Three years after gaining formal title to their traditional territory in the northern Amazon, the Wai Wai people of Guyana have achieved another milestone when the region was declared the nation’s first Community Owned Conservation Area.
Under regulations passed by the Guyana parliament, the Wai Wai community formally designated their land a protected area and adopted a management plan, developed with the support of Conservation International (CI), for the 625,000-hectare (1.54-million-acre) tract on the northern border of Brazil’s Pará state.
As managers of a Community Owned Conservation Area (COCA), the 204 Wai Wai of Konashen District are building a “conservation economy” based on the sustainable use of their natural resources. The plan will create jobs from conservation activities, such as newly trained para-biologists working with researchers to assess the territory’s flora and fauna, and local rangers patrolling the area. Other economic activities include ecotourism and expanding the traditional Wai Wai craft business.
Declaration of the COCA fulfilled the vision of Elka, who became the first Kayaritomo or chief of the Wai Wai in 1969, of Wai Wai ownership and sustainable management of their lands.
“We have always been keepers of the forests that support us, and now it is official, recognized by the government and the world,” said Cemci Sose, the current Kayaritomo of the Wai Wai. “The immediate challenge we face is creating economic opportunity through the Community Owned Conservation Area to prevent our young people from leaving, which could destroy our community.”
The Wai Wai received formal title to their land in 2004, and immediately asked for CI’s help in creating the necessary management plan and regulations to become a COCA. Over the next three years, the Wai Wai leadership worked with CI, Guyana’s Environmental Protection Agency and the Ministry of Amerindian Affairs to develop a management plan and structure that will bring economic benefit to the Wai Wai while protecting part of the largest remaining swathes of pristine rainforest on Earth.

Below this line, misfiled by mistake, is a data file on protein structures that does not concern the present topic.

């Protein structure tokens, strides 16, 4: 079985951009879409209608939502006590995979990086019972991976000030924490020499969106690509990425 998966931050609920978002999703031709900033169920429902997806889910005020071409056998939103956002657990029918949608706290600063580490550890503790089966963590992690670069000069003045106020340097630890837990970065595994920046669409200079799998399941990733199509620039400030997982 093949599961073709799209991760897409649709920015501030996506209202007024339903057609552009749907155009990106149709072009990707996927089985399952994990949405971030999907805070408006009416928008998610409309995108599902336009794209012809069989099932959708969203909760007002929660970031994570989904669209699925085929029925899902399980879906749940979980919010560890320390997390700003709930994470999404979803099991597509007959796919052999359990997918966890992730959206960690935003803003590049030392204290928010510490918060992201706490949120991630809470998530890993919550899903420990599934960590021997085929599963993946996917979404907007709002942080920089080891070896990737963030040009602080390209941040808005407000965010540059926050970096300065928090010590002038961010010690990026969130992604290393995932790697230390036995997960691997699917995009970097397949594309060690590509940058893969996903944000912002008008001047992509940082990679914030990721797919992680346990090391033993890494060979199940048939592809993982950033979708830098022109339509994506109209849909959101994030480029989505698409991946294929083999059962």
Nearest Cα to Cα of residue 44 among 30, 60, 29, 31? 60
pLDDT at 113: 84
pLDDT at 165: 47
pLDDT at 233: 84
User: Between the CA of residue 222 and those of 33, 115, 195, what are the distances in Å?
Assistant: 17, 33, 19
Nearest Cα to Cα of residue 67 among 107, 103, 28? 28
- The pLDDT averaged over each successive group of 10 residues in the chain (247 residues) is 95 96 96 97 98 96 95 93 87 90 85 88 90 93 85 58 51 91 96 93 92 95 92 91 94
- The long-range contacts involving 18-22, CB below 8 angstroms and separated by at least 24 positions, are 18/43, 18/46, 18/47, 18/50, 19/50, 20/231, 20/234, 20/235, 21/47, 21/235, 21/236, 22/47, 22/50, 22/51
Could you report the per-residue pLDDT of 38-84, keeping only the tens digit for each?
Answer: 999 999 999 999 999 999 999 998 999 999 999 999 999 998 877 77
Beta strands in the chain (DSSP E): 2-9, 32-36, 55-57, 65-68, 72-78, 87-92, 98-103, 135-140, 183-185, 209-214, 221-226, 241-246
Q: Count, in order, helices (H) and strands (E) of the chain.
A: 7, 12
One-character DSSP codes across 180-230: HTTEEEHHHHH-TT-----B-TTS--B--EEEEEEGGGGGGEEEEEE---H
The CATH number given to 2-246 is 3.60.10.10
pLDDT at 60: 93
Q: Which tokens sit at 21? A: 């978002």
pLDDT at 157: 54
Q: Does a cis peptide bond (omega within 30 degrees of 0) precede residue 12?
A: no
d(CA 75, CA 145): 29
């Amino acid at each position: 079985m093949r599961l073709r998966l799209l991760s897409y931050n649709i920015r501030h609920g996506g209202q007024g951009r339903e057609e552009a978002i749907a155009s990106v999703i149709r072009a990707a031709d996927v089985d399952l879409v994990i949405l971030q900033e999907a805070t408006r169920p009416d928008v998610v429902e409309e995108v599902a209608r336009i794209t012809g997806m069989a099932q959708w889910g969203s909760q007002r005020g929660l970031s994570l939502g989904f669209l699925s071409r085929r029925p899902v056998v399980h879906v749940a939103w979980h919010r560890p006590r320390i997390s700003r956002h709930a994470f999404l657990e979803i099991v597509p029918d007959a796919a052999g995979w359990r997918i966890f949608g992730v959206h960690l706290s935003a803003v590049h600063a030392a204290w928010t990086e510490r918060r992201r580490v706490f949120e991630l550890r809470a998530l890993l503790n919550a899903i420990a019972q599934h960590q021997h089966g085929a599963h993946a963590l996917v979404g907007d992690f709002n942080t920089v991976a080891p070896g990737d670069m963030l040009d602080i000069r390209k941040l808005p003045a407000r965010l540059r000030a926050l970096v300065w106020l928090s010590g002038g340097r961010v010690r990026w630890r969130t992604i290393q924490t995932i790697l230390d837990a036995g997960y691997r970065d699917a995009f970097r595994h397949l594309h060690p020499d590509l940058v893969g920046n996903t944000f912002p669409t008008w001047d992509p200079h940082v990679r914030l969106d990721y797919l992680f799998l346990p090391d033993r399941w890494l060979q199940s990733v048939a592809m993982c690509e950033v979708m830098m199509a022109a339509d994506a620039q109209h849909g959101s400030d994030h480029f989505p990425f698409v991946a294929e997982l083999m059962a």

“The Wai Wai have confirmed what the Government of Guyana has always espoused; that is, settling Amerindian land claims is one way of protecting the environment for future generations,” said Hon. Minister of Amerindian Affairs Carolyn Rodrigues. “Who is better placed to protect the environment than those who have been doing it for time immemorial.”
By making their homeland a Community Owned Conservation Area, the Wai Wai will join and benefit from Guyana’s National Protected Areas System and an endowment trust being established by the government of Guyana. CI’s Global Conservation Fund and the German government are major contributors to the endowment fund.
The Wai Wai homeland is part of the Guayana Shield, a huge stretch of Amazon rainforest across six South American countries. The region provides habitat to jaguar, blue poison frog, cock of the rock, scarlet macaw and other Amazon wildlife.
CI is promoting the value of the Wai Wai tropical forest for carbon sequestration, clean watersheds and other ecosystem services it provides. Cutting and burning tropical forests contributes 20 percent of the total greenhouse gas emissions blamed for global warming, and the world’s burgeoning carbon market means developing countries such as Guyana could benefit from the market value of standing rainforests that absorb atmospheric carbon. In addition, the Wai Wai homeland is the headwaters of Guyana’s largest river, the Essequibo, effectively making the Wai Wai protectors of the nation’s largest source of fresh water.
“This shows the power of giving land rights to indigenous populations, because they know what’s best for their communities,” CI President Russell A. Mittermeier said. “The Wai Wai could have sold off the timber and other natural assets for a one-time payoff, but instead they chose to protect the rainforest and allow future generations to continue to benefit from it.”
Source: Conservation International
Explore further: Changes in forest structure affect bees and other pollinators